Eamonn O’Neill: “come out and vote – this is an important election” (#ae11 #sdo11)

Eamonn O’Neill is hoping the voters of South Down will return him to the Assembly where he served a term from 1998, only to subsequently miss out in 2003 by the narrowest of margins, just 36 votes. The Castlewellan-based SDLP representative didn’t stand in the 2007 election but has maintained a high profile locally, currently serving as Chairperson of Down District Council, where he has spent thirty-fours years as a councillor.

Over the years Sinn Féin’s vote in the constituency has increased at the expense of the SDLP, although the first-past-the-post electoral system at the May 2010 Westminster saw Margaret Ritchie returned with 48.5%, compared to Caitriona Ruane’s 28.7%. I caught up with O’Neill on the canvass in the Drumee estate in Castlewellan and asked him if he thought this result was an anomaly or signalled a halt in Sinn Fein’s rise (no prizes for guessing his answer):

I would contend that Margaret Ritchie’s election victory is the turn of the tide. I can see it. We meet it on the doorstep. People are telling us they are changing and we want to encourage them to be courageous and make that change.

As for the prediction (by Jim Wells) that the sixth and final seat could come down to a battle between O’Neill and the UUP’s John McCallister:

It is likely to be a tight situation. There are possibilities for us to regain our seat on two grounds, I believe. One is that one of our local Sinn Féin MLAs has simply been described – on the net – as “not performing” and that word is getting out amongst the people, so there is an opportunity for us there to regain a seat. And the second one is the unionist mandate may indeed be reduced as a result of the boundary changes, and that may very well create another opportunity. But … we are saying to our supporters, “come out and vote – this is an important election”. If we have the confidence of the voters, we will win.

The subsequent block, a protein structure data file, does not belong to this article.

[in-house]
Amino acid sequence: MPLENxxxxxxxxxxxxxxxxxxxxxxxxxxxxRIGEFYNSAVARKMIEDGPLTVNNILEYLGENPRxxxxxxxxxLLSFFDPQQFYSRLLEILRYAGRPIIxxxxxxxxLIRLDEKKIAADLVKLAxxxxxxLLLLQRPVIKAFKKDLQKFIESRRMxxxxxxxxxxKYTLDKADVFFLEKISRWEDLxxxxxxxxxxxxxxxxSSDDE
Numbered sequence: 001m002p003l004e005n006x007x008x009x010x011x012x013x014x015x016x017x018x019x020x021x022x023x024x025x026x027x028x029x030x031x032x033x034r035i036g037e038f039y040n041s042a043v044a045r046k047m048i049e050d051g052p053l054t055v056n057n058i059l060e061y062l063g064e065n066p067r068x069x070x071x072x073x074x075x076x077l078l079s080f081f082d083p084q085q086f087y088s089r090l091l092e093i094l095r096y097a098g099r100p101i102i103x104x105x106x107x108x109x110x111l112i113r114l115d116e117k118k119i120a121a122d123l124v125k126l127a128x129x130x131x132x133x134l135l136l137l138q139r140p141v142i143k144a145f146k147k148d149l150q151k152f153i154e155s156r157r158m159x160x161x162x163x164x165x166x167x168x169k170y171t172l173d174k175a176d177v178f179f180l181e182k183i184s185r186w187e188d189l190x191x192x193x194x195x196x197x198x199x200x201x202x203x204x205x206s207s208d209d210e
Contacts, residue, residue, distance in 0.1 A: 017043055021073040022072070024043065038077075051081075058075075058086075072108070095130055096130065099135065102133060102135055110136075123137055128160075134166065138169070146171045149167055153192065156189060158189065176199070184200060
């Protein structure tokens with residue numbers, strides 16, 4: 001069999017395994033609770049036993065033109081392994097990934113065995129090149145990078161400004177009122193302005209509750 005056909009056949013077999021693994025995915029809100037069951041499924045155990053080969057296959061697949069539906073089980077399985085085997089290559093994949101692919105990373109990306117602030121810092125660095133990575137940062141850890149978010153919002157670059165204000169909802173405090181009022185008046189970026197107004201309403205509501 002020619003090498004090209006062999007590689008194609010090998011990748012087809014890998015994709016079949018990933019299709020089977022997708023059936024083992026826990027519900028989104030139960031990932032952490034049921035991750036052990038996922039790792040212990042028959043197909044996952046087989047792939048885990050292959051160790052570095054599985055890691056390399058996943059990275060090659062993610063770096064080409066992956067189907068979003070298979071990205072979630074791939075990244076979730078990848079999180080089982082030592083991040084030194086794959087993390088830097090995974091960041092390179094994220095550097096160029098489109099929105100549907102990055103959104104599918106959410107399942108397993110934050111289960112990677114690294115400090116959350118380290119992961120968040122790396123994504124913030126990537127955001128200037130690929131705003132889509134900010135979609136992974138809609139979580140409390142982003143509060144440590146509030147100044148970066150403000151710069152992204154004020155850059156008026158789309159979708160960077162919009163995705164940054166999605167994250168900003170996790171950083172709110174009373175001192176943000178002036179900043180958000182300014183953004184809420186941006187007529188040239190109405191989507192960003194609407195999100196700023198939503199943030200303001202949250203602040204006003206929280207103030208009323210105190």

Time, of course, will tell.

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  • 241934 john brennan

    Yes: Eamonn O Neill will definitely be returned as an SDLP MLA for South Down

    With constituency boundary changes, and as recent Westminster elections show, unionists will have difficulty getting 2 quotas in this Assembly election.

    Furthermore, SF is struggling with one candidate parachuted in from Louth; another parachuted in from Ards and a third doing little more than marking time at Stormont.

    Also, this is the first time ever for both Local Council and Assembly elections on the same day. The SDLP in South Down is fielding a very strong team of experienced and hardworking local Councillors.

    The combination of all these factors, together with O Neill’s own proven track record, will see him elected to the Assembly

  • Yes just to add that in 2003 Eamonn O’Neill lost his seat by 36 votes to……..Margaret Ritchie.
    Also Cllr O’Neill has not just maintained a profile locally. He has also maintained one as a Human Rights Commissioner (2005-11 was it?) which might account for him not standing in 2007.